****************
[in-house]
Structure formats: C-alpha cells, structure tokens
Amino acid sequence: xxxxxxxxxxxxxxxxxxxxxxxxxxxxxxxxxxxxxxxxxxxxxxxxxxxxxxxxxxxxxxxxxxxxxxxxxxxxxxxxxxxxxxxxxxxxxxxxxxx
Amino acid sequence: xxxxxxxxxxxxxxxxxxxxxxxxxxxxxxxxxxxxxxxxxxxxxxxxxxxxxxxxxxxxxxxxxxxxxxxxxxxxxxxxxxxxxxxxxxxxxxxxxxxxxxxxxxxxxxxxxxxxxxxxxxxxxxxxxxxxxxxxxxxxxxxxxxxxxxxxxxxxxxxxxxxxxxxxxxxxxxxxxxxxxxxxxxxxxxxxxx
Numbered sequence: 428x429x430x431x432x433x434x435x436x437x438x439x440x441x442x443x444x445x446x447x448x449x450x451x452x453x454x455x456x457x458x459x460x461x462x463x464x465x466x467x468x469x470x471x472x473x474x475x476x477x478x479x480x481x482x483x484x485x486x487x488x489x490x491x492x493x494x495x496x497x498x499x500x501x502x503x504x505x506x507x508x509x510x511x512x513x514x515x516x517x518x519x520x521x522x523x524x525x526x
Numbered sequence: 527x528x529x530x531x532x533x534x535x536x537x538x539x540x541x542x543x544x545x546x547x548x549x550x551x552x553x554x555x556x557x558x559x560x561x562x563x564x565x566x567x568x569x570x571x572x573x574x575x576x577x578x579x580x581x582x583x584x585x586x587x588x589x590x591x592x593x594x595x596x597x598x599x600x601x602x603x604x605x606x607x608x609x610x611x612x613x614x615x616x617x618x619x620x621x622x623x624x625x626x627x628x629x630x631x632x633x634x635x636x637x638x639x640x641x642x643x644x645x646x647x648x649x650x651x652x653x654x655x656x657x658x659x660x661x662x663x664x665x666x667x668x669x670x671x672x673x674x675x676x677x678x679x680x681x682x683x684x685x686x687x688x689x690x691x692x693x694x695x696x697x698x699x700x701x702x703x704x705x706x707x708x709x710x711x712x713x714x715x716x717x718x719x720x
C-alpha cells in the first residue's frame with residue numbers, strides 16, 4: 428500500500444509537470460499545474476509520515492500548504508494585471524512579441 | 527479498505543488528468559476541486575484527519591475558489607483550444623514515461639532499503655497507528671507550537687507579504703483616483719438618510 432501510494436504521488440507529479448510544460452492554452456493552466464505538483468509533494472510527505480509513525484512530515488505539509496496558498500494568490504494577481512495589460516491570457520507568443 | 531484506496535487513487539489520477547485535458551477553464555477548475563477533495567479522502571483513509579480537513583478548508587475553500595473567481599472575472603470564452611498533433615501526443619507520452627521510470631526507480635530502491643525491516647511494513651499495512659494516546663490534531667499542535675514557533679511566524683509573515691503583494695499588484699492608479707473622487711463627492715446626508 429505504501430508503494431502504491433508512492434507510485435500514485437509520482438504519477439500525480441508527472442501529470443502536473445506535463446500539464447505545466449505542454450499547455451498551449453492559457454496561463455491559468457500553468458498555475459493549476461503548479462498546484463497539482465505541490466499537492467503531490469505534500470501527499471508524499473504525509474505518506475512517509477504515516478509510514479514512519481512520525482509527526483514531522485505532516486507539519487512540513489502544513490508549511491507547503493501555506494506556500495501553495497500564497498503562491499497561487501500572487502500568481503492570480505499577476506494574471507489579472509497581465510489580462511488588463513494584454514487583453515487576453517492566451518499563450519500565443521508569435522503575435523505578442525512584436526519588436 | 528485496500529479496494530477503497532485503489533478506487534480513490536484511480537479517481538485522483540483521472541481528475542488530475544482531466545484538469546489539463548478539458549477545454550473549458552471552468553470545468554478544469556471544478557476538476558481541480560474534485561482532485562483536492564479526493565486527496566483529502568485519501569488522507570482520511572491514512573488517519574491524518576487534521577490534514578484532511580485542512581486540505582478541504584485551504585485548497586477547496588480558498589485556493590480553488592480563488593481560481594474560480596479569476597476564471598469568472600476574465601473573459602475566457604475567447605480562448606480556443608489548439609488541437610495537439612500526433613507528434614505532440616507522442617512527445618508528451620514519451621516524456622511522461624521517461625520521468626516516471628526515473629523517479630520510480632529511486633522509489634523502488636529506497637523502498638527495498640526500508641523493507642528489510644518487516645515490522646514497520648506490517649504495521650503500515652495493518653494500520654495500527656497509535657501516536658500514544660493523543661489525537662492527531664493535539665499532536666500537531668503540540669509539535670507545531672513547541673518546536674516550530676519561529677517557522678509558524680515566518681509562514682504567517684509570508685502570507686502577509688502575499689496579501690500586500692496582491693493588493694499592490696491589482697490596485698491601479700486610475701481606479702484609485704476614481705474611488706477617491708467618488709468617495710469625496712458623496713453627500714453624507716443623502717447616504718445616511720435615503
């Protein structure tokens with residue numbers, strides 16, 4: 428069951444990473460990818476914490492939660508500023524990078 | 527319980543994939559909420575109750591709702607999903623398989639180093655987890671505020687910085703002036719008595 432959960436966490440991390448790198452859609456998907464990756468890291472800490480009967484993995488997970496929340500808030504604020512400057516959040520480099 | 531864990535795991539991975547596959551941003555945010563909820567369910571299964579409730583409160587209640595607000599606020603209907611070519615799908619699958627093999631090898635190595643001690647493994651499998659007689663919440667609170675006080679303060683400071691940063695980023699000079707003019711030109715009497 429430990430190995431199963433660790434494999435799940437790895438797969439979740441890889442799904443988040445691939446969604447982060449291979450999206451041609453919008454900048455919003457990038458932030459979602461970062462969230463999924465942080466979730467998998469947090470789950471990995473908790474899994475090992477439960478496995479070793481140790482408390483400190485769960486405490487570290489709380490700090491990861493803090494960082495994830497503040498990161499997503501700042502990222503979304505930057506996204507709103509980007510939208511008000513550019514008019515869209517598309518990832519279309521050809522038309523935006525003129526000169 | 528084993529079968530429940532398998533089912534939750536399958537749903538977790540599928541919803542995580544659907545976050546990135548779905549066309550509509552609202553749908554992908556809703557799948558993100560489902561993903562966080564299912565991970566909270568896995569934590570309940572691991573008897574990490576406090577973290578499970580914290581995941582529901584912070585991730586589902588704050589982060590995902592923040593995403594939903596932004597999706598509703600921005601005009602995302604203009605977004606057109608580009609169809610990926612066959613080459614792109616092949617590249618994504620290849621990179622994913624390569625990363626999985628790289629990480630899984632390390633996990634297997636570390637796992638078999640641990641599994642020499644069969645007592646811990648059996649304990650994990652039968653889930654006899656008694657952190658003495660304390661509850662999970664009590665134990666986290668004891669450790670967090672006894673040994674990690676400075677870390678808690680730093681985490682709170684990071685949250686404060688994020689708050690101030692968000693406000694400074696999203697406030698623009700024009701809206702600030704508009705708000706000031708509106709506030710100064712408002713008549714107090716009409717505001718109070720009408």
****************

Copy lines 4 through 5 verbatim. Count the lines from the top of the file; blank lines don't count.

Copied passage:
Amino acid sequence: xxxxxxxxxxxxxxxxxxxxxxxxxxxxxxxxxxxxxxxxxxxxxxxxxxxxxxxxxxxxxxxxxxxxxxxxxxxxxxxxxxxxxxxxxxxxxxxxxxxxxxxxxxxxxxxxxxxxxxxxxxxxxxxxxxxxxxxxxxxxxxxxxxxxxxxxxxxxxxxxxxxxxxxxxxxxxxxxxxxxxxxxxxxxxxxxxx
Numbered sequence: 428x429x430x431x432x433x434x435x436x437x438x439x440x441x442x443x444x445x446x447x448x449x450x451x452x453x454x455x456x457x458x459x460x461x462x463x464x465x466x467x468x469x470x471x472x473x474x475x476x477x478x479x480x481x482x483x484x485x486x487x488x489x490x491x492x493x494x495x496x497x498x499x500x501x502x503x504x505x506x507x508x509x510x511x512x513x514x515x516x517x518x519x520x521x522x523x524x525x526x